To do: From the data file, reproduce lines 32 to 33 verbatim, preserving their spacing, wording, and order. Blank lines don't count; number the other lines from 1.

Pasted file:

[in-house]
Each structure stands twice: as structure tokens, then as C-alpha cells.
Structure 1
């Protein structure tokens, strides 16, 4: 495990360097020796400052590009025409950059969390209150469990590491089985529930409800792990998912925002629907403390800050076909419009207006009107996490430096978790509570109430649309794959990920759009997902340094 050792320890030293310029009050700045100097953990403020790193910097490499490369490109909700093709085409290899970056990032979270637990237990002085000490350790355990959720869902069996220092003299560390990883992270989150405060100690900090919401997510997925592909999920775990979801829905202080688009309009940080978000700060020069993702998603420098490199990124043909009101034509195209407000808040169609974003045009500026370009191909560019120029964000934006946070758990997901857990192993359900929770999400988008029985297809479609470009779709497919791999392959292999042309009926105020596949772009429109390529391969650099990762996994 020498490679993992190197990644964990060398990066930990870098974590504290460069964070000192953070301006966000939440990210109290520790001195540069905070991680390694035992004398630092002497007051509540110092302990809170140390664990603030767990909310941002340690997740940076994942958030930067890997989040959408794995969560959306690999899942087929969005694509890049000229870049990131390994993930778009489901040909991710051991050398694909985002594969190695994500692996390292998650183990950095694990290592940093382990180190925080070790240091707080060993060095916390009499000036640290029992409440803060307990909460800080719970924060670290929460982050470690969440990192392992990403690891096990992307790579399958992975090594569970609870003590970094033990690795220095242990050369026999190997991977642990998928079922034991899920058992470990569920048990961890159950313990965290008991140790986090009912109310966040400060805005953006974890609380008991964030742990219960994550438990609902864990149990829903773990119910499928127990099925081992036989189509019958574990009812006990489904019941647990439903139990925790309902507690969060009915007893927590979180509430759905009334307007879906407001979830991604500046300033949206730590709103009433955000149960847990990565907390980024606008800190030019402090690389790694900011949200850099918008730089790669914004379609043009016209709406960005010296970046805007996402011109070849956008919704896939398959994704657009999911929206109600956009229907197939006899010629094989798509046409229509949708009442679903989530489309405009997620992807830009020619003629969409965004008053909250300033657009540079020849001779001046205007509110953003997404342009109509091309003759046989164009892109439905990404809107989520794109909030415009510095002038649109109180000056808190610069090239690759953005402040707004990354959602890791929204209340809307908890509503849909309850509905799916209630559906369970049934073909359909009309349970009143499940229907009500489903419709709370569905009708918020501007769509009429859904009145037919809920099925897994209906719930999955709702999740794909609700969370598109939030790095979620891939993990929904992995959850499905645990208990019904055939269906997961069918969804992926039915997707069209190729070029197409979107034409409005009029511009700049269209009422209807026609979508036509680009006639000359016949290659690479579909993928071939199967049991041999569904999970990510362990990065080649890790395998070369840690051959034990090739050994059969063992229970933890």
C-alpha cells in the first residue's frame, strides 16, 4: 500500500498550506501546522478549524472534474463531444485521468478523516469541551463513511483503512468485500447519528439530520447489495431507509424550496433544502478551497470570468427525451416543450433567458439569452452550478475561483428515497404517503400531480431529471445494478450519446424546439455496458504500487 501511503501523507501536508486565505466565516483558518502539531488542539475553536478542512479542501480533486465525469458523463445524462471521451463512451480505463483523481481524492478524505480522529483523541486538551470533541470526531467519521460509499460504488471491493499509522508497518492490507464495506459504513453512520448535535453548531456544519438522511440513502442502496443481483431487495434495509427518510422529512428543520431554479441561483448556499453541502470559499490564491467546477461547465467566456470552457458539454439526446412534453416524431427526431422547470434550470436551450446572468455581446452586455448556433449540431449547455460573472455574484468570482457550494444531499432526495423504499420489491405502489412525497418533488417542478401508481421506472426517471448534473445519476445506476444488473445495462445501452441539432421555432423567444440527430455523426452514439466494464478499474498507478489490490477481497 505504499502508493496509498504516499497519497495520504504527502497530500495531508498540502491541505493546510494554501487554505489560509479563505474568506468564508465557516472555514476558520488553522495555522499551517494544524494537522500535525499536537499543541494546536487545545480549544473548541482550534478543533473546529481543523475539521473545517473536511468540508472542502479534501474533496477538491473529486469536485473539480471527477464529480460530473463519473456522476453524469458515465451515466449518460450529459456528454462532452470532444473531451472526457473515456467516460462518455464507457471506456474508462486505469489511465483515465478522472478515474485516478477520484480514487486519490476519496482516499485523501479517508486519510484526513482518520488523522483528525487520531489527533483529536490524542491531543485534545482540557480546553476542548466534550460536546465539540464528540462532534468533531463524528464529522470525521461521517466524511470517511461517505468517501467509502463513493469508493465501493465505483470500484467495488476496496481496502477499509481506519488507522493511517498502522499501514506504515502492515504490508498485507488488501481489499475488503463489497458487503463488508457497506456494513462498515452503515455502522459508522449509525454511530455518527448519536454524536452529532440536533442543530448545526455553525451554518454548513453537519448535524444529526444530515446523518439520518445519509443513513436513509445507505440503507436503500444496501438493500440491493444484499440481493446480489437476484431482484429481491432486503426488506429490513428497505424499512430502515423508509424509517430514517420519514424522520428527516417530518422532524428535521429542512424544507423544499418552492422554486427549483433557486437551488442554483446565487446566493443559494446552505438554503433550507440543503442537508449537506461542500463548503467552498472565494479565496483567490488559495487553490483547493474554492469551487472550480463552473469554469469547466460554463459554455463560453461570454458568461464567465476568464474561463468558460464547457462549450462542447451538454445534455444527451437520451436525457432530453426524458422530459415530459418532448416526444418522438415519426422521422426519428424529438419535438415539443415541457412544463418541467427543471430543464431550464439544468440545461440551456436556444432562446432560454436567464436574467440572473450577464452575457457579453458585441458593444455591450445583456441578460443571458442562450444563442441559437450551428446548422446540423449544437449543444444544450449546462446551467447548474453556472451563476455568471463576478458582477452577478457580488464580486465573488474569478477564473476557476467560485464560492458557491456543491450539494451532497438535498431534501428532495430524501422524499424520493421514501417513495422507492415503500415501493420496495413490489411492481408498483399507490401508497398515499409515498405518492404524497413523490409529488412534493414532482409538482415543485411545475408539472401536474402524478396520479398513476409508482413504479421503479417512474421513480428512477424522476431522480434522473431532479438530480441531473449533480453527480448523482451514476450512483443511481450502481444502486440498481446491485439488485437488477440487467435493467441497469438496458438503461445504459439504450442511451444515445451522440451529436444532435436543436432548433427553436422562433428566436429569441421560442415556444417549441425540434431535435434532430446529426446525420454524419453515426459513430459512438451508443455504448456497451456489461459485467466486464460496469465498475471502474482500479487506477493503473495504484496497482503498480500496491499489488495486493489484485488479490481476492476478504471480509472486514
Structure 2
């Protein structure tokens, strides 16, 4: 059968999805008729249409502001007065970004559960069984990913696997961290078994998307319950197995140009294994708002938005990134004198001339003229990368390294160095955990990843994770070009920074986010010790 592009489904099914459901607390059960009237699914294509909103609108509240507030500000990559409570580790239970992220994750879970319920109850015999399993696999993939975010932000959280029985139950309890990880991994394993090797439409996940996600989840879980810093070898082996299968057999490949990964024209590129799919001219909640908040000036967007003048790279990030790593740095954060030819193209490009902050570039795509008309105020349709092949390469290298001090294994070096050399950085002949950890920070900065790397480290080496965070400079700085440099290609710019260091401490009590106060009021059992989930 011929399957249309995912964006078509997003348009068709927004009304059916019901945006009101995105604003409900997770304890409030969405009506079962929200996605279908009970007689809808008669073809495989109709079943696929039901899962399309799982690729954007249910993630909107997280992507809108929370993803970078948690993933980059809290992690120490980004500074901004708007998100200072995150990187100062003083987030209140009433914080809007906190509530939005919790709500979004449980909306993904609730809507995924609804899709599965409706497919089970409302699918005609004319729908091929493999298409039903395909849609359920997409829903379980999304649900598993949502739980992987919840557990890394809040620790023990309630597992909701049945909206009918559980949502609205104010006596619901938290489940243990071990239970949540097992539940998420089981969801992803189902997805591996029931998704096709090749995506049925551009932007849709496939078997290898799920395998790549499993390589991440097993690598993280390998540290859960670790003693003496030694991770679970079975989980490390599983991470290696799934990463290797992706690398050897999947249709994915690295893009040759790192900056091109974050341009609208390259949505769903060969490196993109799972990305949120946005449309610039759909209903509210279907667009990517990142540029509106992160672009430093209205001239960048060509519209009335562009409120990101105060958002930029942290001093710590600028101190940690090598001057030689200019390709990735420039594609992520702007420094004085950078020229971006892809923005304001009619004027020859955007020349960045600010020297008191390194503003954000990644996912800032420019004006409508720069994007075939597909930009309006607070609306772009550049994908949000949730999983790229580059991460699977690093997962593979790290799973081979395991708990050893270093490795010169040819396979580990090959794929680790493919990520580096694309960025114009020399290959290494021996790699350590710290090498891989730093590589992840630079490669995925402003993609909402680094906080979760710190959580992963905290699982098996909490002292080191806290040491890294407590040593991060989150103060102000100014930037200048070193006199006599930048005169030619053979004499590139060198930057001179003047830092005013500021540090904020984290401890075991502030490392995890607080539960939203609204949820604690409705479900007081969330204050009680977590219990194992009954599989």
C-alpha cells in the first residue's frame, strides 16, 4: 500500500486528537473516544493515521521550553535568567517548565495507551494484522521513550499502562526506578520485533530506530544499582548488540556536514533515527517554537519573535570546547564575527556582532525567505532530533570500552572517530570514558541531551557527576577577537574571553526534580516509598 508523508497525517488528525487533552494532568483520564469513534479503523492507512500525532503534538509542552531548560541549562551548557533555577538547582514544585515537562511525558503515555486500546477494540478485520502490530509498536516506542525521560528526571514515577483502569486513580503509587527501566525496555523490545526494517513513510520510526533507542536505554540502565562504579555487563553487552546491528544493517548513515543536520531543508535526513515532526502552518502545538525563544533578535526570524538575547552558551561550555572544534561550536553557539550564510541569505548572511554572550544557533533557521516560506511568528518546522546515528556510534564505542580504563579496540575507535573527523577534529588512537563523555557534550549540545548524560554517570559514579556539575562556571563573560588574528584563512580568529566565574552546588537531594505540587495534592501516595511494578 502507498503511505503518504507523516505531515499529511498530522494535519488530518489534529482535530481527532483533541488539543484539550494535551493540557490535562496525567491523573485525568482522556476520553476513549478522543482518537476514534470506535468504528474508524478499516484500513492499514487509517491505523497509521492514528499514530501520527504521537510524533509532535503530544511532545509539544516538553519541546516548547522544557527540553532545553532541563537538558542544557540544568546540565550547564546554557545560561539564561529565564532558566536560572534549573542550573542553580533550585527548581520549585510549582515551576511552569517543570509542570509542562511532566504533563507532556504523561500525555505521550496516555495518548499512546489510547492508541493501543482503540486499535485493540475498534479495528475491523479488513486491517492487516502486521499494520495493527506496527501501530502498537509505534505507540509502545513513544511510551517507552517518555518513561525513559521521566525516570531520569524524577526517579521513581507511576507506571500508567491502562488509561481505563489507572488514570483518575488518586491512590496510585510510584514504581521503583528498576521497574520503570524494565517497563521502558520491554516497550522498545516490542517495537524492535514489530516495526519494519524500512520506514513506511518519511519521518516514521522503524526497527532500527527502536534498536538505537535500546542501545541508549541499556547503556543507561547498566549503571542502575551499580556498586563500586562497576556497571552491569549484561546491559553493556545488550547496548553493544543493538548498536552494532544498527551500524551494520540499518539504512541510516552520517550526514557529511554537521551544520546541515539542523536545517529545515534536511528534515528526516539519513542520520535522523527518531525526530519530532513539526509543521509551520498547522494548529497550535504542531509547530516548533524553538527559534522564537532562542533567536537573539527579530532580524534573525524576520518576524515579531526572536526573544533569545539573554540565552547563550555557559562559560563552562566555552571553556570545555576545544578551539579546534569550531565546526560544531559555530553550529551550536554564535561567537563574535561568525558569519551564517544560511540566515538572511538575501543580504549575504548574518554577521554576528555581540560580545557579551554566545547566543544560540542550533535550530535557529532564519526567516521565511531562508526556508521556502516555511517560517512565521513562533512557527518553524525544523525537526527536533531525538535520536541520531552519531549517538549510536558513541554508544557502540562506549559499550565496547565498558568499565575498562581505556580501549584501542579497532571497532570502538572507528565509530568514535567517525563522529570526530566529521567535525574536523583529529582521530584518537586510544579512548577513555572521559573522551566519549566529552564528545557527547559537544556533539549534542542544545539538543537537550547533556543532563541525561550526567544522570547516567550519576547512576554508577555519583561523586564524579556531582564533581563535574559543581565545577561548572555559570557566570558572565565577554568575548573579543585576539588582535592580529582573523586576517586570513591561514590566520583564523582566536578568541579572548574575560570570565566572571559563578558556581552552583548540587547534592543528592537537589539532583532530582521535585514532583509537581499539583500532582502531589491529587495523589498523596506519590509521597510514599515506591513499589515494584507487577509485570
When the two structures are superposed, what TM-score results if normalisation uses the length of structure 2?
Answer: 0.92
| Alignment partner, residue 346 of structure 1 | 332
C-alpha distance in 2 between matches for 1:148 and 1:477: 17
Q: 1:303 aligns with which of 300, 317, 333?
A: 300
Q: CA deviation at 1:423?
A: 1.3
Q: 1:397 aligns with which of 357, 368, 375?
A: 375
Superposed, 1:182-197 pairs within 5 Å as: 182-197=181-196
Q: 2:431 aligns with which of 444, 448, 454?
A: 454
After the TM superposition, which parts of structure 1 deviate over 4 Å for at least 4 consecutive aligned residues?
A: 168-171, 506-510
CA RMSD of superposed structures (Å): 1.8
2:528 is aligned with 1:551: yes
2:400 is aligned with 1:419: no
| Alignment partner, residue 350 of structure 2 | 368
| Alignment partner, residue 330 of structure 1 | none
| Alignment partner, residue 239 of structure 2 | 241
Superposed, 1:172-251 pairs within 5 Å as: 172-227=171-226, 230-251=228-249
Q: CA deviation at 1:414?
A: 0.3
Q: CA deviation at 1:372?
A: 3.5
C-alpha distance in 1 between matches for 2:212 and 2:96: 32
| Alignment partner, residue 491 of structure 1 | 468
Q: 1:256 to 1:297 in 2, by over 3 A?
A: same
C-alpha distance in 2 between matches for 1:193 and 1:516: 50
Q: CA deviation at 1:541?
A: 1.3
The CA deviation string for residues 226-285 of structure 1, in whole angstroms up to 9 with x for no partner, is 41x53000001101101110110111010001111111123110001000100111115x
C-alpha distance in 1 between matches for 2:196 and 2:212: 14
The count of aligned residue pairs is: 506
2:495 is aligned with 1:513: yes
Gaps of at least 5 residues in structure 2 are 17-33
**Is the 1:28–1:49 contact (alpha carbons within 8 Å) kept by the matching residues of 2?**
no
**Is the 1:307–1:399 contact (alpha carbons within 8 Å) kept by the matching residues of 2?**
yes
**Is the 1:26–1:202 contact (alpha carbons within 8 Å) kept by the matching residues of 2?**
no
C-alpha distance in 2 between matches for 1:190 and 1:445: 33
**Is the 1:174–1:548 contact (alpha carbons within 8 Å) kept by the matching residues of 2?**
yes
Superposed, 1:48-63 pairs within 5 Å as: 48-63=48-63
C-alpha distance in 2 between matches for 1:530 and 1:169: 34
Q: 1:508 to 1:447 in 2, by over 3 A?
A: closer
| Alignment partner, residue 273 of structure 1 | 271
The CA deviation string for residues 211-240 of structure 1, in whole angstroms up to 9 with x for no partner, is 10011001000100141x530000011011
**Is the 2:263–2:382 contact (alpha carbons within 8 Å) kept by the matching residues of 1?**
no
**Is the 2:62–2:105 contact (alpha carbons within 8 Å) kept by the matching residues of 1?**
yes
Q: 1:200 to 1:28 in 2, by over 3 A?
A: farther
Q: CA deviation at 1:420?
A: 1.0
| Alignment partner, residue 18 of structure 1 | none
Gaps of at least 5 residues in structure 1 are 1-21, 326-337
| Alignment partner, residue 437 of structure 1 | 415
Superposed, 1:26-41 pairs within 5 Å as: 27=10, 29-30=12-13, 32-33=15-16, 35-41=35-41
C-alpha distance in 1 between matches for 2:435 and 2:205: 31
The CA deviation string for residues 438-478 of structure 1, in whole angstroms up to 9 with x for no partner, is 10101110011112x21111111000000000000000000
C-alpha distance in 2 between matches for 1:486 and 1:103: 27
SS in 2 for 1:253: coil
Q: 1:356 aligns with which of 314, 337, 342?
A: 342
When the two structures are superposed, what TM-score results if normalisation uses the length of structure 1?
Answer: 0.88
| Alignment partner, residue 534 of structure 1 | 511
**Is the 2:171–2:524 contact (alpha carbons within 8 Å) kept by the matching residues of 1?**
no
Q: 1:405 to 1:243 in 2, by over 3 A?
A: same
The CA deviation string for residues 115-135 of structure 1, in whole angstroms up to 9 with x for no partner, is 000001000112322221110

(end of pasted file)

A: 0.3
Q: CA deviation at 1:372?